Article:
Have you seen the term "growth hacking" recently and are wondering what it means? You've come to the right place! While the term has been around for several years now, there's still plenty of confusion around the subject and much learning to be done. To give you and your organization a better understanding about what "growth hacking" is and how it can be used to deliver effective marketing results in today’s online marketplace, here’s a quick breakdown of the basics of growth hacking.
What is “growth hacking?”
According to Andrew Chen, one of the first marketers to talk about growth hacking, a growth hacker is a hybrid between a marketer and a coder, someone who looks at the traditional question of “How do I get customers for my product?” and answers using website analytics, A/B tests, search engine optimization, and content marketing. Everything a growth hacker does is for the sole purpose of generating more growth, and they use low-cost, innovative website design solutions to do so.
As mentioned above, the term was coined several years ago as web designers and marketers started to dive deeper into the statistics and analytics of their websites, looking for insights they could use to optimize performance. In layman's terms, growth hacking is just fancy way of saying "conversion optimization" today, but it really became popular around the same time "life hacks" starting going viral — hence the name.
What are some examples of growth hacking?
If you’re still a little confused about what growth hacking actually is, here’s a basic example:
Acme Corp. is a specialty manufacturer of conveyor belt systems. In order to increase their exposure and capture more leads, Acme Corp. built a modern website and loaded it with tons of product information, pictures, and informative blog posts. The site looked great and seemingly had all the information a potential customer could ever want, but somehow they weren’t getting great results. One area where they were really struggling was with their Product Information pages. Here, visitors could click on a particular conveyor belt system type and get more information about that system, look at pictures, and request a quote. Despite these being some of their most popular pages on the website, only 4% of visitors were clicking the “Request a Quote” call-to-action on the bottom of each page, with a click-to-submission rate of only 30%. Rather than creating an entire marketing campaign around the idea of getting more quote requests, however, Acme Corp. decided to try some growth hacking techniques. Here’s what they did:
Replaced low-res product images with high-quality professional images
Embedded a video of the conveyor belt system "above the fold," making sure visitors don't have to scroll to see it
Made the call-to-action (CTA) button bigger and changed the text to read, “Request a free quote!” (replacing "Get Pricing Information")
After improving the image quality, giving visitors actual footage of the conveyor belt system in action, and making the free quote more noticeable, Acme Corp. saw their click-through rates increase to 8% and click-to-submission rates increase to more than 50%! By implementing these simple technological “hacks” on their website, Acme was able to improve how visitors digested product information, which led to more quote requests and leads.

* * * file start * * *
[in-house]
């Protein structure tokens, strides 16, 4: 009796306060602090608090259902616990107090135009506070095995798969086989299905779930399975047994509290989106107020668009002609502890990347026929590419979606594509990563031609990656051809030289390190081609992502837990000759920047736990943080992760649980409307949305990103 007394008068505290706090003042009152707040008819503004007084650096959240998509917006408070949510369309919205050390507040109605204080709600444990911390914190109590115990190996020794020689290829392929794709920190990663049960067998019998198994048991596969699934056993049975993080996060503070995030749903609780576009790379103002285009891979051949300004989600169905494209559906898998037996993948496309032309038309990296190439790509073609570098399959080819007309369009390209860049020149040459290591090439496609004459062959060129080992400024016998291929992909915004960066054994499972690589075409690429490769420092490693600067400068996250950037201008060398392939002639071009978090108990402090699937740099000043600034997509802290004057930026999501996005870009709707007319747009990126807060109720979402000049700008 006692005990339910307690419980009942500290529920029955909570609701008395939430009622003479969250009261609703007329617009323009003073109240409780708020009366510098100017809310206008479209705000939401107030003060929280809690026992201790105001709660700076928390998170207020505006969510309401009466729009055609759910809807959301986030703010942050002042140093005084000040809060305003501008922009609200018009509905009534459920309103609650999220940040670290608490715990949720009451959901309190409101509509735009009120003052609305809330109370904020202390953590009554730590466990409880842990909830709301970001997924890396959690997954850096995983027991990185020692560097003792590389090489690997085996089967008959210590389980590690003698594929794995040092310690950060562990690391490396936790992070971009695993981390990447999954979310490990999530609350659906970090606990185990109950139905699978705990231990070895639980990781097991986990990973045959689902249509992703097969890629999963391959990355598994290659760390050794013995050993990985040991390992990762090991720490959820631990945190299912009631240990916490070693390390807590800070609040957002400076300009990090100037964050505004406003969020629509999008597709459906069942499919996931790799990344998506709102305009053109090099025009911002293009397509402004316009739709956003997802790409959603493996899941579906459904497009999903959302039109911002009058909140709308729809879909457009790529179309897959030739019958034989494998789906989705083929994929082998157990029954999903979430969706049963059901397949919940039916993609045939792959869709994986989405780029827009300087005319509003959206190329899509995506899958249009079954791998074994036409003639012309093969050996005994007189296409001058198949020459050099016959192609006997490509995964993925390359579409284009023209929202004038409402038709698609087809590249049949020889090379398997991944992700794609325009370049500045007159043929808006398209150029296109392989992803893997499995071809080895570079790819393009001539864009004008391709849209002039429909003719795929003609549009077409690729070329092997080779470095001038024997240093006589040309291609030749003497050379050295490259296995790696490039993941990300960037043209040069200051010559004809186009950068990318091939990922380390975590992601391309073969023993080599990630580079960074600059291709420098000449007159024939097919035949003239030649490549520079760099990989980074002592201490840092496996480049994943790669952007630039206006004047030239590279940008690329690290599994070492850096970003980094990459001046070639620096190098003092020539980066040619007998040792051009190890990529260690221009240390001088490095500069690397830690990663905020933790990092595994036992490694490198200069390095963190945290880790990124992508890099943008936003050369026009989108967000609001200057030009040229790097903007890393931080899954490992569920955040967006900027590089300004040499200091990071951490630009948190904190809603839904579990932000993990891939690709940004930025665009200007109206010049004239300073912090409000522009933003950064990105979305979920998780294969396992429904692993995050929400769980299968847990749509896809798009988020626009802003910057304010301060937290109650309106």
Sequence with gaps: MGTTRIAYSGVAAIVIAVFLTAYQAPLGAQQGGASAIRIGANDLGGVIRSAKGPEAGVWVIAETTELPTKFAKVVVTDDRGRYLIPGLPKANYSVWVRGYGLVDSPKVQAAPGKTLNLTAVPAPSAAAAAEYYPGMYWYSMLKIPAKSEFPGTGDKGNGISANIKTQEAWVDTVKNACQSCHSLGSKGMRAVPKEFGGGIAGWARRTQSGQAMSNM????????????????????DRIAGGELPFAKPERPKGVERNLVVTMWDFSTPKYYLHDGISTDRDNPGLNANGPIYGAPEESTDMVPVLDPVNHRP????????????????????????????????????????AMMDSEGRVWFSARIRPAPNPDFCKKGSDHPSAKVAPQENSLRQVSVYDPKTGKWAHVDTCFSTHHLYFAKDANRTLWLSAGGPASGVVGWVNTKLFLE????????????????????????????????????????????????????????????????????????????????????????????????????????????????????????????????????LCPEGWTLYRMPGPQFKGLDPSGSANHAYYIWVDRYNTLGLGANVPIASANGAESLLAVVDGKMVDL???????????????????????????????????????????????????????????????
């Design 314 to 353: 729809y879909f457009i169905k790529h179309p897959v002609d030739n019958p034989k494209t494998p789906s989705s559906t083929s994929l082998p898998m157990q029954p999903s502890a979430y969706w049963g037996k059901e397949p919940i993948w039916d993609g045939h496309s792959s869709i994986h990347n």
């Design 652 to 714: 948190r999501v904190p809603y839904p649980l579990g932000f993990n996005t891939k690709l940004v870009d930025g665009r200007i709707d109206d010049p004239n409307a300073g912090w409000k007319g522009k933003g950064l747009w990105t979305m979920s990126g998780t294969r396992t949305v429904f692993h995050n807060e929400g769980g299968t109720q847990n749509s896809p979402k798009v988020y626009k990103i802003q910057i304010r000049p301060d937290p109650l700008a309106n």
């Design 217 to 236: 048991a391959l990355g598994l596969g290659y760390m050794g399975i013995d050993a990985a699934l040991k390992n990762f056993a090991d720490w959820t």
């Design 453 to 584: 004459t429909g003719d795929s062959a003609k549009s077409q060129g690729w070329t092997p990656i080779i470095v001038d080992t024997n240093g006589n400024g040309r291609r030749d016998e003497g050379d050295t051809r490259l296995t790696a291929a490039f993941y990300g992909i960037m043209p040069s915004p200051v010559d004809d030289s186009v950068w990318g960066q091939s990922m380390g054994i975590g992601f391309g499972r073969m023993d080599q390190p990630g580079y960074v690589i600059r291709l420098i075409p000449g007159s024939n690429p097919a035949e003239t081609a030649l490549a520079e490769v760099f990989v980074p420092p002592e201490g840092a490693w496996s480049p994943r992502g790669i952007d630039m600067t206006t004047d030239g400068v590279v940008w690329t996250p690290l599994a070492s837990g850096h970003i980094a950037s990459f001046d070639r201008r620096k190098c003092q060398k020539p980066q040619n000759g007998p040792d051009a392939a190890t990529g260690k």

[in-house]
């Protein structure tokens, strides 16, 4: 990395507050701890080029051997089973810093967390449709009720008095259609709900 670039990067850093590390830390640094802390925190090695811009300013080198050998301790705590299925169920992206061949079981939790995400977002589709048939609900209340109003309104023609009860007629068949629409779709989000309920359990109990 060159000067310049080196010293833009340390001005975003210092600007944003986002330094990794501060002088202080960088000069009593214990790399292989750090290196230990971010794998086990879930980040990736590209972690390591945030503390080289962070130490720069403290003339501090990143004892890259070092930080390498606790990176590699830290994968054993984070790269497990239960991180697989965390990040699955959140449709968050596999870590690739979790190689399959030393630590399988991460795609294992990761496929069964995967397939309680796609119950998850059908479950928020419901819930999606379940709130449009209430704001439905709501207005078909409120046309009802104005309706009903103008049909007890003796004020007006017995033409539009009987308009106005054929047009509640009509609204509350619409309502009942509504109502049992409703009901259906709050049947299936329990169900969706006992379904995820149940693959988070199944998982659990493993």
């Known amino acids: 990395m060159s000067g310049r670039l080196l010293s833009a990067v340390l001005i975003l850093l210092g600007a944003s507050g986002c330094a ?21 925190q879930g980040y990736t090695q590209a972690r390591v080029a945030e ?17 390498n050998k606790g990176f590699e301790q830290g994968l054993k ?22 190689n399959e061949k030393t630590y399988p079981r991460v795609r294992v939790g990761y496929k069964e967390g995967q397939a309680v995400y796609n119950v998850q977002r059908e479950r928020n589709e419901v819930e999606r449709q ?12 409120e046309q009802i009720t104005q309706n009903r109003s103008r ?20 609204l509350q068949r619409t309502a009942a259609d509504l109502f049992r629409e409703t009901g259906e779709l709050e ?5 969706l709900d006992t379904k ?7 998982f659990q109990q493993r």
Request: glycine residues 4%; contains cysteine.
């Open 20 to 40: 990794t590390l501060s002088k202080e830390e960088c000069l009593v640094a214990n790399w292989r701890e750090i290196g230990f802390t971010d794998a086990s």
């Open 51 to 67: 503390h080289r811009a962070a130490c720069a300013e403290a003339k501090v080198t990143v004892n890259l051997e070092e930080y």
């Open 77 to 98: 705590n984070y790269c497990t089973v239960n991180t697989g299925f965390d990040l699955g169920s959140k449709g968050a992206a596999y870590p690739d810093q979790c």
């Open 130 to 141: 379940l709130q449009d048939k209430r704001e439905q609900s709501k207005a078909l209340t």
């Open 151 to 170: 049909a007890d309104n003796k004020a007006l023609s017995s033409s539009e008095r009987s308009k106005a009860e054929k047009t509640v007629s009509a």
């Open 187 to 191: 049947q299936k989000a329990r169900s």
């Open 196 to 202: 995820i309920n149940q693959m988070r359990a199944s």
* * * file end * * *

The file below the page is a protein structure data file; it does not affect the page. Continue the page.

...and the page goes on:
How do I know if growth hacking will work?
To answer this question bluntly: you won’t. Unless you have a magic crystal ball that tells you how your audience will react to your changes before they happen, you can never be sure whether a hack will work or not. In fact, you could try 5 different A/B tests on your page and find that none of them work, but that’s okay.
The greatest thing about growth hacking is that no matter what the results of your A/B tests are, every test should give you deeper insights into how visitors interact with your page and digest information. Knowing what doesn’t work is almost as valuable as knowing what does, and can change how you run tests in the future. As all content marketers will tell you, there’s no such as thing as too much A/B testing.
How do I get started?
Before you start searching for different growth hacks to try, you need to figure out what problems need fixing on your website. As I mentioned above, a growth hacker’s only goal is to improve growth, and they rely on specific website metrics and KPIs to do so – not only to measure if they’re successful or not, but also to find clues about what needs to be fixed. For example, if a CTA has a high click-through rate but low click-to-submission rate, growth hackers know that visitors must have a problem with the landing page. If you don’t track and analyze your website’s metrics, however, you won’t even know what to fix – or if it’s working once you try!
That being said, many marketing strategies today now include a form of "growth hacking" in their long-term marketing plans. CRO and GDD both revolve around constantly testing and improving your website using the data and insights gathered from your website. When it’s done correctly, not only can it have a major, quantifiable impact on your lead growth, but it also helps you understand your audience on a deeper level. Want to get started on your website? For a quick list of fixes you can start making today, download a copy of our Website Usability Checklist for Inbound Marketing below.
Topics: Inbound Marketing
Alex has exceptional writing skills and the ability to learn new industries and their complex processes. He's also an avid social media marketer and writes frequently on online community engagement and content creation strategies for our blog. Alex is also one of Weidert Group's most knowledgeable HubSpot users.